In an inspiring presentation, Jen Hoglund, the first-year principal of a highly diverse school, both socioeconomically and linguistically, shared her journey of implementing the PBIS (Positive Behavioral Interventions and Supports) system and the innovative “Tell Me Tuesday” student survey. This initiative, designed to gather valuable feedback from students, demonstrates the profound effects of actively engaging students in their own well-being.
Hoglund, with her extensive background in both teaching and academic/behavior intervention, presented her approach to PBIS, which she had been advocating for years. But what stood out was the “Tell Me Tuesday” student survey. It wasn’t just another data collection tool. It was a bridge between the administration and the student body, giving students a platform to express how they were feeling and indicating the resources they might need.
The significance of this tool in a school with such a diverse demographic cannot be overstated. Children coming from different socioeconomic backgrounds and linguistic capabilities often find it challenging to articulate their feelings or needs. “Tell Me Tuesday” provided these students with a safe and structured environment to voice their concerns and feelings.
Hoglund’s co-presenters, including the Assistant Principal, behavior interventionist, and counselor, enriched the discussion by sharing their perspectives on the survey’s implementation and their respective roles in responding to the data gathered. They shared anecdotes of students who had been positively impacted and discussed the structured process set in place to ensure that the feedback did not go unnoticed.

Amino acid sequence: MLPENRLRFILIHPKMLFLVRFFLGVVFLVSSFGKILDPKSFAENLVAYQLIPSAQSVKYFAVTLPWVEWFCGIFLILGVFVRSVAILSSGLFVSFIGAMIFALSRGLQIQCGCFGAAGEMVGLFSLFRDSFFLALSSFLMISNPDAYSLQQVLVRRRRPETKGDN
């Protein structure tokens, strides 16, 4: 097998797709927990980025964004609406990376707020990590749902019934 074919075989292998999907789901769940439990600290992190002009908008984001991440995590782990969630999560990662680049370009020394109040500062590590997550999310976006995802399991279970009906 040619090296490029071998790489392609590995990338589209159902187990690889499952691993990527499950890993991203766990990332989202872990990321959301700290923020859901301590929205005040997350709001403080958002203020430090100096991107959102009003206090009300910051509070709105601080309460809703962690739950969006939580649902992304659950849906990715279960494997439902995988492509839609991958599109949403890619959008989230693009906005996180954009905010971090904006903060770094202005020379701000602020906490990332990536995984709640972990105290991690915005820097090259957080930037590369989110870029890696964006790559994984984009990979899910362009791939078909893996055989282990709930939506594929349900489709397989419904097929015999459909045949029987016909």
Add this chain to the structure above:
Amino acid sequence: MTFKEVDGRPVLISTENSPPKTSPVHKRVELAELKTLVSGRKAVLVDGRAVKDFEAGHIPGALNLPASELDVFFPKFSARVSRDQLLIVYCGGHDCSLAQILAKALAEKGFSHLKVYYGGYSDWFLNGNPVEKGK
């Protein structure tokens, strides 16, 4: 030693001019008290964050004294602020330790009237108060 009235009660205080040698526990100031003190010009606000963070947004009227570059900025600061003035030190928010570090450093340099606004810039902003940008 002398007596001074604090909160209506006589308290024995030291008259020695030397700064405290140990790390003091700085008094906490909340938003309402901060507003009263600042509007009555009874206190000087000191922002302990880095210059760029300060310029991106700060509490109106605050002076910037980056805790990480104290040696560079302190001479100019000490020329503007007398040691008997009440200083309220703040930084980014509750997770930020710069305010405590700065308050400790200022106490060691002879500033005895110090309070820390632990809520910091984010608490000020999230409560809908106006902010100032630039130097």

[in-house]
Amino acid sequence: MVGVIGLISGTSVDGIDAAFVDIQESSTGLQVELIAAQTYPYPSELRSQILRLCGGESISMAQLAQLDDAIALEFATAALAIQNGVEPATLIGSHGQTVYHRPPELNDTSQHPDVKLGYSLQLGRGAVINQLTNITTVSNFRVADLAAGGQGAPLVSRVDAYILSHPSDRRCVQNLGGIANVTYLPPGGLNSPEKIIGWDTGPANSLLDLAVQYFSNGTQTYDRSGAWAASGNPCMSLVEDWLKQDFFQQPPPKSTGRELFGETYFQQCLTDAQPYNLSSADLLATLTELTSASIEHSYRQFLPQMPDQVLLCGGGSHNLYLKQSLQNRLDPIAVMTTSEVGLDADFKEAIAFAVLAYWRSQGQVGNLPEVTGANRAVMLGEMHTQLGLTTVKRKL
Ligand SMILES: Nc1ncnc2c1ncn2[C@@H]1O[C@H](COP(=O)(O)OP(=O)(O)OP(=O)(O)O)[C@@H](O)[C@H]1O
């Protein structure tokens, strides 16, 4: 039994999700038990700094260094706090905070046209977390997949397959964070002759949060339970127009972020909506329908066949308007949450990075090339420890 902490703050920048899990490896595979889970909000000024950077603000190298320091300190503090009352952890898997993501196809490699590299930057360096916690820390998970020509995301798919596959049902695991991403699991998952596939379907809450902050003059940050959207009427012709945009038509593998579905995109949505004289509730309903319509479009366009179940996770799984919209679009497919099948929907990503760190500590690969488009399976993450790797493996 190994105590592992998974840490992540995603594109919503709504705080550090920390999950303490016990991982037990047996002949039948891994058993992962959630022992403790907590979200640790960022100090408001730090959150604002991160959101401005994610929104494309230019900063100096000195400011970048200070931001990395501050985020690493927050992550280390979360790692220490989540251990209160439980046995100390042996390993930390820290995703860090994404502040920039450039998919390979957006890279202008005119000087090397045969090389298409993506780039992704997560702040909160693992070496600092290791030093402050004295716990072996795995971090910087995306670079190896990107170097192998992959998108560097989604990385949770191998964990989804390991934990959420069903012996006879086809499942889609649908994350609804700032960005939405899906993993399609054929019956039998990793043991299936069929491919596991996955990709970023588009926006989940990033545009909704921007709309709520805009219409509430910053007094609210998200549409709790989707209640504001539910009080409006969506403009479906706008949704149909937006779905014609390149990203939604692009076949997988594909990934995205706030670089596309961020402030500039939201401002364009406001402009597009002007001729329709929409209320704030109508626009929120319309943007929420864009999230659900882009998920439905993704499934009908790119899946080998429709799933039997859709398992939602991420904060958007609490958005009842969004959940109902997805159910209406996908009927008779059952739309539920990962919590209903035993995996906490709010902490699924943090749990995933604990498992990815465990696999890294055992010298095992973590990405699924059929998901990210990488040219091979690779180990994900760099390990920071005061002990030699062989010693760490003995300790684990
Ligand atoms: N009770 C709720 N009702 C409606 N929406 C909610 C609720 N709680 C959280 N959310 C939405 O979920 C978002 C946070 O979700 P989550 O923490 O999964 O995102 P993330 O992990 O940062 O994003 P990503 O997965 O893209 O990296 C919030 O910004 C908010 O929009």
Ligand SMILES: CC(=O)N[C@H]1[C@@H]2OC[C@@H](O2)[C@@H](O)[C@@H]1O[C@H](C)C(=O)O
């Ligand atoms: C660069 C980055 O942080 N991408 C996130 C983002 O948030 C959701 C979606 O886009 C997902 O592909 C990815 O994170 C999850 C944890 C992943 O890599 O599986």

In addition to the survey, Hoglund and her team discussed interventions that aim to foster a sense of community and belonging among the students. Community circle lunch bunches, for instance, have been instrumental in this. These lunch bunches, as described, are more than just eating sessions. They are designed to help students connect with both adults and their peers, promoting open dialogue and strengthening community bonds.
One of the standout moments of the presentation was when Hoglund emphasized the role of student feedback in shaping school policies. Rather than a top-down approach, her leadership style seemed deeply rooted in collaboration, with the students playing a pivotal role. This democratic approach to school administration was refreshing and resonated with many in the audience.
The presentation concluded with a Q&A session, where attendees raised questions about the challenges faced in implementing such a system and the steps they could take to introduce similar initiatives in their own schools. Hoglund and her team addressed each query with insightful responses, showcasing their deep commitment to the project and its transformative potential.
Jen Hoglund’s presentation was a testament to the power of inclusive leadership and the profound impact of giving students a voice in their education. The “Tell Me Tuesday” initiative is not just a survey; it is a movement, one that could shape the future of educational administration. In a world where student mental health and well-being are increasingly coming to the fore, such initiatives highlight the importance of active listening, understanding, and collaboration in creating educational environments where every student feels seen, heard, and valued.